How MAT Can Be Used as Necessary

For patients who have severe opioid or alcohol addictions, have other health risks, or have relapsed multiple times using other treatment methods, MAT can be a lifesaver. Using medications to bring physiological symptoms down to manageable levels helps them to more fully access the other therapeutic components of treatment.

MAT does not take away every craving or make recovery easy, but it does help reduce some of the most severe and life-threatening side effects. For addictions such as opioid addictions, which have stronger and more enduring withdrawal symptoms than most other substances, MAT simply makes these symptoms slightly more manageable.

Are MAT Medications Addictive?

The medications used in MAT are not addictive like opioids or alcohol is addictive. However, they are medical treatments and must be used as directed. Stopping suddenly or using inappropriately could have negative health consequences. This is why constant medical monitoring and supervision are crucial to MAT treatment. When a patient wishes to stop MAT, it is important to taper off the medications with medical supervision, much like many other medications taken for other medical conditions. 

While MAT medications themselves are not addictive, they are treating addictions, so they must be used carefully with appropriate medical supervision. Part of the reason for this is that the condition that they are treating, addiction, can be exacerbated by suddenly stopping the MAT medications. This is particularly dangerous with opioid addictions, where the risk of overdose actually increases when using an opioid even once after a period of abstinence.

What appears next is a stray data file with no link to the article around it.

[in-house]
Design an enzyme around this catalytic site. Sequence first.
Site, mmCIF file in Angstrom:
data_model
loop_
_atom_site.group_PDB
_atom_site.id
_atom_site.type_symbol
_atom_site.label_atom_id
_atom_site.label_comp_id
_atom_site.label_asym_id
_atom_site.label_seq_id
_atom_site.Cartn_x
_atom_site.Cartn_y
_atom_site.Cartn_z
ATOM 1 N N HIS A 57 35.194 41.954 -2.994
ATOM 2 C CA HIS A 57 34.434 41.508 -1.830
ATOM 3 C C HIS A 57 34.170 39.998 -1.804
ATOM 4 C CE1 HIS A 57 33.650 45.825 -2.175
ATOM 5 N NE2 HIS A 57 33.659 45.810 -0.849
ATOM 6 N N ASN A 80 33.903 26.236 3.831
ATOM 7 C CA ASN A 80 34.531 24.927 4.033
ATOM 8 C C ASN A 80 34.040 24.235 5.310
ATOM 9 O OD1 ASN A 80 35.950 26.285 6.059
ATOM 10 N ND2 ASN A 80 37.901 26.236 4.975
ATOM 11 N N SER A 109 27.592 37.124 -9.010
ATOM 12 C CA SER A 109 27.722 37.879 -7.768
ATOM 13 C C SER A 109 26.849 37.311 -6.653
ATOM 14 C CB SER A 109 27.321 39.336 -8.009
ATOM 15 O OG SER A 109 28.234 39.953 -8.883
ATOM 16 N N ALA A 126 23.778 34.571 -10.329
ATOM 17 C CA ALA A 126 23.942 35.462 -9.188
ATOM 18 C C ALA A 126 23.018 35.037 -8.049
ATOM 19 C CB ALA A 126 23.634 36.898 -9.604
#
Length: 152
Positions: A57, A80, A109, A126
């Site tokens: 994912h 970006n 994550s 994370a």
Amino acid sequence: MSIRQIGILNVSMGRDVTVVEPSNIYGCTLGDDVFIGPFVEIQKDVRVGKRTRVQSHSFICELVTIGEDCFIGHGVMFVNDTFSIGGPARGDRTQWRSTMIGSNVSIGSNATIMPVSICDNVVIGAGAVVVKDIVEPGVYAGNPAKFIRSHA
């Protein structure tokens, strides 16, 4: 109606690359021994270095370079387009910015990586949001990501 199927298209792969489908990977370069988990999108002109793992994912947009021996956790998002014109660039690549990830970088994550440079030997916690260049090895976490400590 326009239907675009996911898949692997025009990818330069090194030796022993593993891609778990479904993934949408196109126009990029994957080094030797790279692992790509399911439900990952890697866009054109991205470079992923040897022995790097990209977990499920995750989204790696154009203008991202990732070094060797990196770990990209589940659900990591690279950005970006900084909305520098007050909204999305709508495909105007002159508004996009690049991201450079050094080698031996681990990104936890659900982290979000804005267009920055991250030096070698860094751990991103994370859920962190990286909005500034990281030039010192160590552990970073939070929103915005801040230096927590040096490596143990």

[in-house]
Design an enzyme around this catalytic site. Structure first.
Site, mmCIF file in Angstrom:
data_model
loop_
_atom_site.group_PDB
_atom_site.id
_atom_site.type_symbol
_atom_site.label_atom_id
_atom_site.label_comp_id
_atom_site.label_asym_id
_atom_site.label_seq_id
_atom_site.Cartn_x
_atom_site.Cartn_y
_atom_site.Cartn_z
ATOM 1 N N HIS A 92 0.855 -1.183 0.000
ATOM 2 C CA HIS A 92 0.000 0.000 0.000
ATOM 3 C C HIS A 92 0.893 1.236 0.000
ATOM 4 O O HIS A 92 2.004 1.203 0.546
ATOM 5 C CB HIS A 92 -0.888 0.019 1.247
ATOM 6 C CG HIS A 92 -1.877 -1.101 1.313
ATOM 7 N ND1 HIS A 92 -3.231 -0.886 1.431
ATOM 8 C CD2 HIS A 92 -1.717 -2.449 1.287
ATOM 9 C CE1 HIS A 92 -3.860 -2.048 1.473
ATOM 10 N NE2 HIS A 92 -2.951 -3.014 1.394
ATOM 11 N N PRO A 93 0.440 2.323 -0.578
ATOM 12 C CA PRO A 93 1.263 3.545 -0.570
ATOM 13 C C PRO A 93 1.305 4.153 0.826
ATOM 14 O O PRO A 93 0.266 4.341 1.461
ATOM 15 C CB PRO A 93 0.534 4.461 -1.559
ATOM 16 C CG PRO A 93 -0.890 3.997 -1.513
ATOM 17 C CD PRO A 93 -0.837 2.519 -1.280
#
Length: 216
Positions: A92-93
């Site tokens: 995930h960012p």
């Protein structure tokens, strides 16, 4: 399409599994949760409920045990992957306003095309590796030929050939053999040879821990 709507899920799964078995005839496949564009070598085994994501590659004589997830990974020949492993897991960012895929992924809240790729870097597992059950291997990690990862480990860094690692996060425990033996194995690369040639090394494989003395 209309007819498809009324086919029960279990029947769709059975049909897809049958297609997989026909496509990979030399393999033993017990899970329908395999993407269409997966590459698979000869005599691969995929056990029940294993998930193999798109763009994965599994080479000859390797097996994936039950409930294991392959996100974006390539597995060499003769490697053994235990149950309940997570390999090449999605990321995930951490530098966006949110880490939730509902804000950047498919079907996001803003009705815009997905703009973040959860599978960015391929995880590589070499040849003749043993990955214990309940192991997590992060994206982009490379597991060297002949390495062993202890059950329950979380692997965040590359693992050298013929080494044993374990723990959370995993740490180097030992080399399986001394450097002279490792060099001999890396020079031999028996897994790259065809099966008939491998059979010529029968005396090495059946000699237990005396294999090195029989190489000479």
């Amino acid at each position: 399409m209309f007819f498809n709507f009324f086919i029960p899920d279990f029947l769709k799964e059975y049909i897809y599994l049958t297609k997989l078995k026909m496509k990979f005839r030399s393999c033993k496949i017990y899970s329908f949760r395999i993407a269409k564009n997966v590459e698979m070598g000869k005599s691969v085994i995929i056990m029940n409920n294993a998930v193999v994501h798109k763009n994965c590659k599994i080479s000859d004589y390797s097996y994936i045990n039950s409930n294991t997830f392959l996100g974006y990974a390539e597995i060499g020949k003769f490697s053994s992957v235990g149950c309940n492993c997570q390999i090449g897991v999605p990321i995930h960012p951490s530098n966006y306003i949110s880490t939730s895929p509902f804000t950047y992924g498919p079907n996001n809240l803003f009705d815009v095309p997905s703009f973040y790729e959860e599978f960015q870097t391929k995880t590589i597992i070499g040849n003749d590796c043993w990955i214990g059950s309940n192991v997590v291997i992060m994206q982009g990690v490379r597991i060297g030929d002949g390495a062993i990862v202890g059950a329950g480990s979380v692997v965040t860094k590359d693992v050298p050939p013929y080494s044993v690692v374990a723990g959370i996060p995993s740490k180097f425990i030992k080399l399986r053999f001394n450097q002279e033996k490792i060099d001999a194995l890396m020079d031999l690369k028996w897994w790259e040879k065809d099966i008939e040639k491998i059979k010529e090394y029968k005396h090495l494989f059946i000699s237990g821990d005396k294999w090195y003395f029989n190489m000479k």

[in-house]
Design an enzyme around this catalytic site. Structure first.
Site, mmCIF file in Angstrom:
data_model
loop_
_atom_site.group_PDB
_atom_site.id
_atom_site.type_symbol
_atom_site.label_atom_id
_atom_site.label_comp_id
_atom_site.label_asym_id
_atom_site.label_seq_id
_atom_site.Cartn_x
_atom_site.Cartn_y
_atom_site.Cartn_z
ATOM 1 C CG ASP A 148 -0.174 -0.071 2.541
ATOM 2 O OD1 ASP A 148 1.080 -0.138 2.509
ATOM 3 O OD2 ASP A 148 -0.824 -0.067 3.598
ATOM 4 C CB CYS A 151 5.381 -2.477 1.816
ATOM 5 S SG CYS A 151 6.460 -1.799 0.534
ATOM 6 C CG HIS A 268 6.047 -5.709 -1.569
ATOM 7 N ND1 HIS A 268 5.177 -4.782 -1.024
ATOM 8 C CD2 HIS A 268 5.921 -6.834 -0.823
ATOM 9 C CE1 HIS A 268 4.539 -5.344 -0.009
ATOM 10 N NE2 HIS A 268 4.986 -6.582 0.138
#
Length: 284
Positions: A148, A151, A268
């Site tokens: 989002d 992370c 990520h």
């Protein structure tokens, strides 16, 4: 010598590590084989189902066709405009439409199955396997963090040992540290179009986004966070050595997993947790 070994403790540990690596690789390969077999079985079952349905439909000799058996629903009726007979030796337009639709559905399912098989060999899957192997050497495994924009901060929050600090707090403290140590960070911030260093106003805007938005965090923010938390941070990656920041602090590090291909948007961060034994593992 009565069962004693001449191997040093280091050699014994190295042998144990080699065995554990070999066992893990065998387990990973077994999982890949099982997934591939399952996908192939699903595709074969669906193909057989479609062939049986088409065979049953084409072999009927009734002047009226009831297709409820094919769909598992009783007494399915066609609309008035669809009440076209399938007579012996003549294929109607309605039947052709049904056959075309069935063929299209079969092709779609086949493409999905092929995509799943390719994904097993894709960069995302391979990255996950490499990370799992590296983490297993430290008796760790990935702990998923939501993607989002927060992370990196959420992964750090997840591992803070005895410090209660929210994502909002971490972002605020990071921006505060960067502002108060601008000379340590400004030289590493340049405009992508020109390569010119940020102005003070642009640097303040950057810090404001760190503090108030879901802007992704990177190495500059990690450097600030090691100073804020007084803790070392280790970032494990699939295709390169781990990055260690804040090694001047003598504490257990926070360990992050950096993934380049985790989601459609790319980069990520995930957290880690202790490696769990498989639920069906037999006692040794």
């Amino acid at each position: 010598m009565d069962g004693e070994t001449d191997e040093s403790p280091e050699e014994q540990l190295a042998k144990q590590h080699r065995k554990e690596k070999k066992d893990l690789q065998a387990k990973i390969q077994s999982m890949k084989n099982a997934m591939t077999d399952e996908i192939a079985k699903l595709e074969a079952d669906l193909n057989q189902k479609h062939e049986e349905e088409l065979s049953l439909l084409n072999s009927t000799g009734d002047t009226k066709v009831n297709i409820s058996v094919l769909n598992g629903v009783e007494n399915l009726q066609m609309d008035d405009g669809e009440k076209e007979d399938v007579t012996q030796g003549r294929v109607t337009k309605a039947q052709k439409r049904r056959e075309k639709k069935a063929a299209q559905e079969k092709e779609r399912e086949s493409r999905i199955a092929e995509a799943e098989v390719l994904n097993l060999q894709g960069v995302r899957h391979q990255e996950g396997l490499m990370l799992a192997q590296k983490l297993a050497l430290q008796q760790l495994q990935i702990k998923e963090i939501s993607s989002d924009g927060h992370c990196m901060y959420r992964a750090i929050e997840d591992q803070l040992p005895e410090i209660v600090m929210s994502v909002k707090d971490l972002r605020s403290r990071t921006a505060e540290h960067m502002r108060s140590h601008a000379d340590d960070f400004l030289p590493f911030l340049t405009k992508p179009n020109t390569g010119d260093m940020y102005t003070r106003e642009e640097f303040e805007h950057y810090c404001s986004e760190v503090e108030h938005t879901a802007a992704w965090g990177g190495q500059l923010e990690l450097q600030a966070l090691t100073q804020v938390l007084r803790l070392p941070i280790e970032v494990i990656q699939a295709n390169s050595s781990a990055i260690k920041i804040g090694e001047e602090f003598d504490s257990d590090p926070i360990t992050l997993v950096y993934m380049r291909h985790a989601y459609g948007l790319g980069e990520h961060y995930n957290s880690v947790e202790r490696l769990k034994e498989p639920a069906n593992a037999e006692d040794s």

Although the concept of MAT may seem counterintuitive, for many people, medications have allowed them to recover when nothing else would. For others, MAT has saved their lives. When used correctly with counseling and behavior therapy, MAT has the potential to be life-changing.

What is Medication-Assisted Treatment for addiction? When used in conjunction with counseling and behavior therapy, MAT is a form of treatment that can help significantly reduce cravings and withdrawals and allow you to heal from opioids and severe alcohol addiction. While MAT medications require strict medical supervision, they can be life-saving and life-changing. The Ho Tai Way – Recovery For Women is a detox and residential treatment center for women with addiction and co-occurring mental health disorders. We offer many treatment options to help you heal, including MAT, as needed. We offer evidence-based and holistic therapies to give you options and create a truly individualized treatment plan. Our Costa Mesa, California facility is a peaceful refuge for healing located between soothing mountains and sunny beaches. Our staff offers trauma-informed care in a compassionate, non-judgmental environment. Contact us at (714) 581-3974 to begin your healing process.